GitHub released its first Octoverse report 10 years ago to celebrate having 2.8 million developers on its online software development platform and to explore the state of open source then. Today, the open source landscape has evolved significantly compared to 2012, when businesses were primarily using open source to run their web servers. It now forms the foundation of more than 90% of the world’s software.
Much of this software is supported by GitHub’s vast community of 94 million developers, which the Octoverse 2022 report found had grown almost 30% from the year before. More than 20.5 million new developers joined GitHub from around the world this year, with the largest growth regions outside the US including India, China and Brazil, as well as other countries within the Asia Pacific (Apac) region.
In line with this rapidly expanding community, GitHub’s message at its Universe event last month is clear: the open source ecosystem benefits from collaboration and GitHub will do its part to create inclusive opportunities for all who wish to partake in the open source journey.
“Open source has created a model of collaboration that we believe is fundamentally better, because it creates collaboration across boundaries and across borders. When collaboration is more inclusive and more diverse, it gets elevated and more problems that we are facing in the world can be solved,” GitHub CEO Thomas Dohmke tells DigitalEdge.
Developer community to continue growing
According to Dohmke, the exponential growth in developers is unlikely to slow down over the next couple of years. “So far, we have no indication that this will slow down. The number of developers or people writing code is continuously growing.”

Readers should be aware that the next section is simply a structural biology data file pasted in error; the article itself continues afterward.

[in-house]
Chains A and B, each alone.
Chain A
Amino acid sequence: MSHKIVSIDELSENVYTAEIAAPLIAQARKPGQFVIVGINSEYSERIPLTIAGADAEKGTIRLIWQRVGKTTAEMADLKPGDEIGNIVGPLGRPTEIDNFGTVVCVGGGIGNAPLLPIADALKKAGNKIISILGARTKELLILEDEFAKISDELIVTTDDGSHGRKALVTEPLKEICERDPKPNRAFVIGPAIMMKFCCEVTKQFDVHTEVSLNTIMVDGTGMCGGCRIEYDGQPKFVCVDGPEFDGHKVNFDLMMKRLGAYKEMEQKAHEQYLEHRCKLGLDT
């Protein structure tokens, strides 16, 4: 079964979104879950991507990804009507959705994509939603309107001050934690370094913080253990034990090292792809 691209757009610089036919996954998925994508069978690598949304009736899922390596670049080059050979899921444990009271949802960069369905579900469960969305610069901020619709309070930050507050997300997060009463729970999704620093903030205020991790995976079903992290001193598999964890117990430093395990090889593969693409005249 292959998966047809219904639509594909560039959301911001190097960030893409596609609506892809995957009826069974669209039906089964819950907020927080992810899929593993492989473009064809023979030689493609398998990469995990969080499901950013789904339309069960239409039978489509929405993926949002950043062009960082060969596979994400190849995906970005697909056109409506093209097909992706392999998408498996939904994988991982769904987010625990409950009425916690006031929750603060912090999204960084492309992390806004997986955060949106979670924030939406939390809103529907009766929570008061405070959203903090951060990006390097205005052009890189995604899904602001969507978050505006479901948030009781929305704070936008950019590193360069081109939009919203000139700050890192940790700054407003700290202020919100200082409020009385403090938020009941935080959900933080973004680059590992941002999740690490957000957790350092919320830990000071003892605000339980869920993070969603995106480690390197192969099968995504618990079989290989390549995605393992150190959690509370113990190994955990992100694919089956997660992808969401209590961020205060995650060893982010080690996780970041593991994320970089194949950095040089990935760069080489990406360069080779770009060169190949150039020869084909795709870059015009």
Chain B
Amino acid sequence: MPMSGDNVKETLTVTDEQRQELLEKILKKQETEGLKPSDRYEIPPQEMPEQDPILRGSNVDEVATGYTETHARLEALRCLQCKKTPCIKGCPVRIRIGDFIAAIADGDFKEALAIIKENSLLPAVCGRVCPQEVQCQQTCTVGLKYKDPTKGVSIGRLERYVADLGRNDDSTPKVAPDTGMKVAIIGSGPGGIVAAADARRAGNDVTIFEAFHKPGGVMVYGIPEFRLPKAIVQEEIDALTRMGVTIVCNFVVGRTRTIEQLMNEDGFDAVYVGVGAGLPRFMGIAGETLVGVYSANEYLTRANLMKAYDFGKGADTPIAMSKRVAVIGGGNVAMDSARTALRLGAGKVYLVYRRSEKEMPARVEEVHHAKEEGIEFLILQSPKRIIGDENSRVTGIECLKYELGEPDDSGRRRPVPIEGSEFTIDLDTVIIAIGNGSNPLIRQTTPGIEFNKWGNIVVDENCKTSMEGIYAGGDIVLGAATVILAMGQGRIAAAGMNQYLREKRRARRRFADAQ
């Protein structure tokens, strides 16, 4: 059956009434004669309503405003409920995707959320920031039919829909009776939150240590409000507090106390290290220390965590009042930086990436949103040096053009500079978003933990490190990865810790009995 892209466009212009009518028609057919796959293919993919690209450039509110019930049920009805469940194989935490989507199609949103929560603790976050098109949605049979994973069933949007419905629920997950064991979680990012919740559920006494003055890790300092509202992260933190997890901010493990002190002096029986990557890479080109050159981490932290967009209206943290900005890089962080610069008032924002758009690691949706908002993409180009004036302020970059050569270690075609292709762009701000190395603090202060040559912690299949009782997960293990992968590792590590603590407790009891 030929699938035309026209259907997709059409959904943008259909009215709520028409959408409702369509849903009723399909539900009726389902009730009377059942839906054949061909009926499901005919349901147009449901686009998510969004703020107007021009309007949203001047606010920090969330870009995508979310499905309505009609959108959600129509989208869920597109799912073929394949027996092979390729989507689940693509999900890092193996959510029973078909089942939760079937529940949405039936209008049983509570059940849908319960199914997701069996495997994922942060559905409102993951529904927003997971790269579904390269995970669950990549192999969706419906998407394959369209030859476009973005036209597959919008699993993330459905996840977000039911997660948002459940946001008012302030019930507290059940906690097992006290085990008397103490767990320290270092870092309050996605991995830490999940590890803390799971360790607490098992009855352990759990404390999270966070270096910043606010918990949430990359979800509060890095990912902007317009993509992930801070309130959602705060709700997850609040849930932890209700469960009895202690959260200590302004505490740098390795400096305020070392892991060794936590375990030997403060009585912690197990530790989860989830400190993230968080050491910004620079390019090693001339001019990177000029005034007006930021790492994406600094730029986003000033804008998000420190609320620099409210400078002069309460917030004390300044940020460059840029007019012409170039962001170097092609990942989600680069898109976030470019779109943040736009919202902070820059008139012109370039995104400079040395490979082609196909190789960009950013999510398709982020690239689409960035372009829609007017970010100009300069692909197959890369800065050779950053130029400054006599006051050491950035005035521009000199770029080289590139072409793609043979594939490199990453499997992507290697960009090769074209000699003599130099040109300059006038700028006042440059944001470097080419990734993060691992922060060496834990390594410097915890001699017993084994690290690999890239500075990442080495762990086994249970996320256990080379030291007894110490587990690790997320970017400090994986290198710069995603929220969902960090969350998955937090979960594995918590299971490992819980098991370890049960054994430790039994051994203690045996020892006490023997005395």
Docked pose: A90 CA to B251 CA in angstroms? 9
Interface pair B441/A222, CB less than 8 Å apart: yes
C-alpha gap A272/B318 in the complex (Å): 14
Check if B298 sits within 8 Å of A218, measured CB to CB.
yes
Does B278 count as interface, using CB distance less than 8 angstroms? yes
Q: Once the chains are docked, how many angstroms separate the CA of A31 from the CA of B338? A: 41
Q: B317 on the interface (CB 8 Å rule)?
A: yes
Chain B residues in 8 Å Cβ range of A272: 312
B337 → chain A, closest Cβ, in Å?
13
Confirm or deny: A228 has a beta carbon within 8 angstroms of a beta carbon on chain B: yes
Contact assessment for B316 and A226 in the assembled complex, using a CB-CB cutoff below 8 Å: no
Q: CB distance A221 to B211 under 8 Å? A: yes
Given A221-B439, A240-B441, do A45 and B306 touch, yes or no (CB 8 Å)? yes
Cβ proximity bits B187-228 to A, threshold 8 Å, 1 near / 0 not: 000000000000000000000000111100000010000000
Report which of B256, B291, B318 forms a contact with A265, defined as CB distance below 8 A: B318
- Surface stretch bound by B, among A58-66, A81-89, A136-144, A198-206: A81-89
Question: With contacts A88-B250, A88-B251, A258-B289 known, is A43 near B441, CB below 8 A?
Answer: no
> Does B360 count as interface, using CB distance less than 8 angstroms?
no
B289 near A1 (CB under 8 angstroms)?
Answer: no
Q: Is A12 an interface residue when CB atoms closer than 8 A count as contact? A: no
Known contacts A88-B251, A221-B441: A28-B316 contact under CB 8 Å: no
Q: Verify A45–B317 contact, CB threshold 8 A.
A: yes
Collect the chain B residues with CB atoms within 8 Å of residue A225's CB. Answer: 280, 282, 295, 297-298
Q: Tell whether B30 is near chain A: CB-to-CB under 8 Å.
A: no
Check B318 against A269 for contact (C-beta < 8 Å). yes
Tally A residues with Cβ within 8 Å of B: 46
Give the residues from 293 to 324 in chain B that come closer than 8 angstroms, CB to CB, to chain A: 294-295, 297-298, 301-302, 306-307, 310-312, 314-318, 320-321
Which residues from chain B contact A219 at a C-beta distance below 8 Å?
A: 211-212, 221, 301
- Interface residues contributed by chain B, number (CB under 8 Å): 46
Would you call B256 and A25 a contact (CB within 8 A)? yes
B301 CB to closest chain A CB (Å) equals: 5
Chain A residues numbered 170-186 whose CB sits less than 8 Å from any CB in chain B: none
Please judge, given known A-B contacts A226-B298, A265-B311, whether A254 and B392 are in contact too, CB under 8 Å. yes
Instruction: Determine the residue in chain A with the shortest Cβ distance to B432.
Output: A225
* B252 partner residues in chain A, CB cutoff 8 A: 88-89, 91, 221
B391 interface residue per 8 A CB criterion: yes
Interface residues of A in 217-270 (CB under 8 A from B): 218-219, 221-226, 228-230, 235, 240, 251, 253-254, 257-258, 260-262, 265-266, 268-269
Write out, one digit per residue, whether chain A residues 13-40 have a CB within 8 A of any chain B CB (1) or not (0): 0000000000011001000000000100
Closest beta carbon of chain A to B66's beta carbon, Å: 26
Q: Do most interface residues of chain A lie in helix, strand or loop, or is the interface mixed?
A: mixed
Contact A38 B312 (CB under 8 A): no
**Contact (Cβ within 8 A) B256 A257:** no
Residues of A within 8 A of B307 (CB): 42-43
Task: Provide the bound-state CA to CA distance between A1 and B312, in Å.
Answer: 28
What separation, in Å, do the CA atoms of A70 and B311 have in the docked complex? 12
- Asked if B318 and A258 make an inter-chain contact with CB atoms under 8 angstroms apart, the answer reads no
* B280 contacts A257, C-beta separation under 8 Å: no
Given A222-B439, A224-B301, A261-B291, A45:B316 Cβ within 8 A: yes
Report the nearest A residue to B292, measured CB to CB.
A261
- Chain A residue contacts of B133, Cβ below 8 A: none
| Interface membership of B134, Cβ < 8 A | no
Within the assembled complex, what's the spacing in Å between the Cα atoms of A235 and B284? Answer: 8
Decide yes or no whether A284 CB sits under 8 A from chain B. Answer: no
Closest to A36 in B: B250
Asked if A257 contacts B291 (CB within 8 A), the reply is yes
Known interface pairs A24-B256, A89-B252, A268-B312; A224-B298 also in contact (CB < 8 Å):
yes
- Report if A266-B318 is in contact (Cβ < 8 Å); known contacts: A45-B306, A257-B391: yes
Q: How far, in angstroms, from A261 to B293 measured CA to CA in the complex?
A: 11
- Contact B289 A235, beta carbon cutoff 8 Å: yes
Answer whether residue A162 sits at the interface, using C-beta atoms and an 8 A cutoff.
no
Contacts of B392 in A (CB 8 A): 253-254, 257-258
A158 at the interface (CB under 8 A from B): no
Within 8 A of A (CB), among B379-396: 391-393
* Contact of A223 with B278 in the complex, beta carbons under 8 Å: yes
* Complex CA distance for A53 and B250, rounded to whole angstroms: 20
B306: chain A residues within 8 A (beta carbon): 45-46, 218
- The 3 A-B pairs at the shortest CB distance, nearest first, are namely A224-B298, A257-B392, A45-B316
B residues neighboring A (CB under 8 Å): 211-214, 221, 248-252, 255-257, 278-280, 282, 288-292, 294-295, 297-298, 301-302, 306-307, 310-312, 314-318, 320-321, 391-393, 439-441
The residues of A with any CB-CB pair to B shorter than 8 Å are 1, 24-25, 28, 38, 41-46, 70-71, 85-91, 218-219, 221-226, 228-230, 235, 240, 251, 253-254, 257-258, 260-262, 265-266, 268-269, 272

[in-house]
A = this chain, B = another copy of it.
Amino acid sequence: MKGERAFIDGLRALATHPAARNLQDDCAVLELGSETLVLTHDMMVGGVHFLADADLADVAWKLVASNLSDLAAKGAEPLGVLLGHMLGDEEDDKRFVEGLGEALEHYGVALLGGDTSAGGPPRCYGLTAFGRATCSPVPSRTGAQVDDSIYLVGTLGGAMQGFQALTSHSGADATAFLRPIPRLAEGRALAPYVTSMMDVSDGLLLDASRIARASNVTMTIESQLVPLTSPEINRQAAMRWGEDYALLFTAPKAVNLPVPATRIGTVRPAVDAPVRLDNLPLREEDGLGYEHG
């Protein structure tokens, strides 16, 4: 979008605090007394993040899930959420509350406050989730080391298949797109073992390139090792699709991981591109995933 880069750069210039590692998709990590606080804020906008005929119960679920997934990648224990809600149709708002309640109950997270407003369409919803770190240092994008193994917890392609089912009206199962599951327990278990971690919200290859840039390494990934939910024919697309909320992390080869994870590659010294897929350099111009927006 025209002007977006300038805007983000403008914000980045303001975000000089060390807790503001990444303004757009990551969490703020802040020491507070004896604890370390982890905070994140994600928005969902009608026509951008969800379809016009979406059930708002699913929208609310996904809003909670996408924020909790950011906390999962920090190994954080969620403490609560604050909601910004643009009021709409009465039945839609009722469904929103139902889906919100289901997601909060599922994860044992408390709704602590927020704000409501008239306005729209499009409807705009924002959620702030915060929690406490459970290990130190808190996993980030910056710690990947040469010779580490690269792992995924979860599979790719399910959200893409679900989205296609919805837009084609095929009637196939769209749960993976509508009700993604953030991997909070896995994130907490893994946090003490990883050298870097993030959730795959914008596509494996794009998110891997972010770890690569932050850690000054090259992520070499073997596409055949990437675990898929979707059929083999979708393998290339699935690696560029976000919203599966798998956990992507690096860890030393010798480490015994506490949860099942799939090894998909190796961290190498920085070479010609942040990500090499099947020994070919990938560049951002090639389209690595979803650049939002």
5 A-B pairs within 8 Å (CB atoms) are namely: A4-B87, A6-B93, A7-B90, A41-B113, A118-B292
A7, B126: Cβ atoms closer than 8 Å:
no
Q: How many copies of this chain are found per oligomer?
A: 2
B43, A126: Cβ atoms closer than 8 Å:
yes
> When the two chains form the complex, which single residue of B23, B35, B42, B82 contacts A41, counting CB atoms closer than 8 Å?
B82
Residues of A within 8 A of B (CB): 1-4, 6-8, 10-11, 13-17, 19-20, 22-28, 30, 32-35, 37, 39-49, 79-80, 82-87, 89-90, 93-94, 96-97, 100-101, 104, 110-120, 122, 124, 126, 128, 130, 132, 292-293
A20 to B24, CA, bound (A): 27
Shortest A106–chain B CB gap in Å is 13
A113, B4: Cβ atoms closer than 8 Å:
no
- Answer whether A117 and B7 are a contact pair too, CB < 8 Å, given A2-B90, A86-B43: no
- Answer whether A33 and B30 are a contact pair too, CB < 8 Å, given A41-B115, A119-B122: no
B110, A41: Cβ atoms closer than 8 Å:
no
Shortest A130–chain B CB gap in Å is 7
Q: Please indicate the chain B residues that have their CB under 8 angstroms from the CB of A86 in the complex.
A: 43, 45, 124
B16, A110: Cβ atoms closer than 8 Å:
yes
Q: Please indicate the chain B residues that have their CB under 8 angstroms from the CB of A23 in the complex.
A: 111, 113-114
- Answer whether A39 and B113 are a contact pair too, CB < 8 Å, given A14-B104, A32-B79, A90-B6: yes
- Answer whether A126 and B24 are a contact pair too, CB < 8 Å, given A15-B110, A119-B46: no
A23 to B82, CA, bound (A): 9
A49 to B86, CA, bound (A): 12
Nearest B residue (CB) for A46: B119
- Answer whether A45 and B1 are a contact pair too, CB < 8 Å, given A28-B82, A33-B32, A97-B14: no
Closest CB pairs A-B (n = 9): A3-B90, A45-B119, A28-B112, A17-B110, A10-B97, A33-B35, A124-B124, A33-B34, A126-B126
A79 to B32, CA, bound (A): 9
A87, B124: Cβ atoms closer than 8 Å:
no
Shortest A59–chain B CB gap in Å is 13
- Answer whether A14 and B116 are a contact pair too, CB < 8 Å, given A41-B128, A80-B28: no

While the number of computer science graduates — who have always contributed to the developer pool — is increasing, there are now also many other code-writers who may not traditionally have thought of themselves as developers showing an interest in software development. “During the pandemic, we saw data scientists from a number of institutions share their Covid-19 data per county or per state as CSV [comma-separated values] files on GitHub. Those are not necessarily ‘hardcore’ developers, but they are leveraging the file-based code model viewable on GitHub to share data with others,” he says.
There is also a huge market available for GitHub in the artificial intelligence (AI) and machine learning space, with massive potential in industries that range widely from the data-handling sciences to animation in the entertainment world. “The pro-code developer space is ever-growing as we need more developers to tackle the challenges of a world surrounded by increasingly complex software,” says Dohmke.
He also highlights the importance of low-code or no-code developers in GitHub’s ecosystem. “GitHub plays a broader role as a developer platform than just professional developers. From data scientists that are collaborating on code to our expanding education programme that involves both students learning code and teachers managing classrooms on GitHub, everything in the software process applies to these projects.”
Encapsulating Dohmke’s point was the 40% growth rate of GitHub users in Singapore, which accounts for a surprising 736,000 of GitHub’s community despite the country’s overall population size of only 5.5 million people. While this number is not composed entirely of users who fit the traditional definition of a software developer, GitHub is encouraging many of them to start including themselves as part of the developer community.
Martin Woodward, GitHub’s vice president of developer relations, notes that big tech companies, which have a significant presence in Singapore, are actually driving the adoption of open source in the systems. “We’re seeing lots of the most successful software